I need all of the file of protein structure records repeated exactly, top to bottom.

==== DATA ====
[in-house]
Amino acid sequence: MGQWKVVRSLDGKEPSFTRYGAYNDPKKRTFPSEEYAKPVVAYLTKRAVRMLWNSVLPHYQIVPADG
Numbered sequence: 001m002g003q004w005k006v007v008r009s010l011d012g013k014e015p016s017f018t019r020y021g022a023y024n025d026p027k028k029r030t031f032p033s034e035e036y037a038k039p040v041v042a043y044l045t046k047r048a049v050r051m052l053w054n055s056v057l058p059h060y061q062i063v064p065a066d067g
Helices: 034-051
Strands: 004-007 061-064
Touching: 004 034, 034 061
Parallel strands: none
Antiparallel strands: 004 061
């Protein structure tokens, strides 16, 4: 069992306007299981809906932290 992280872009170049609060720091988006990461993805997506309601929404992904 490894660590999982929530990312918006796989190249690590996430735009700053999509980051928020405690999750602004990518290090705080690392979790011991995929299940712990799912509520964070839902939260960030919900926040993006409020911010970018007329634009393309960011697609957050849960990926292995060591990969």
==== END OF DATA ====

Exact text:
[in-house]
Amino acid sequence: MGQWKVVRSLDGKEPSFTRYGAYNDPKKRTFPSEEYAKPVVAYLTKRAVRMLWNSVLPHYQIVPADG
Numbered sequence: 001m002g003q004w005k006v007v008r009s010l011d012g013k014e015p016s017f018t019r020y021g022a023y024n025d026p027k028k029r030t031f032p033s034e035e036y037a038k039p040v041v042a043y044l045t046k047r048a049v050r051m052l053w054n055s056v057l058p059h060y061q062i063v064p065a066d067g
Helices: 034-051
Strands: 004-007 061-064
Touching: 004 034, 034 061
Parallel strands: none
Antiparallel strands: 004 061
């Protein structure tokens, strides 16, 4: 069992306007299981809906932290 992280872009170049609060720091988006990461993805997506309601929404992904 490894660590999982929530990312918006796989190249690590996430735009700053999509980051928020405690999750602004990518290090705080690392979790011991995929299940712990799912509520964070839902939260960030919900926040993006409020911010970018007329634009393309960011697609957050849960990926292995060591990969």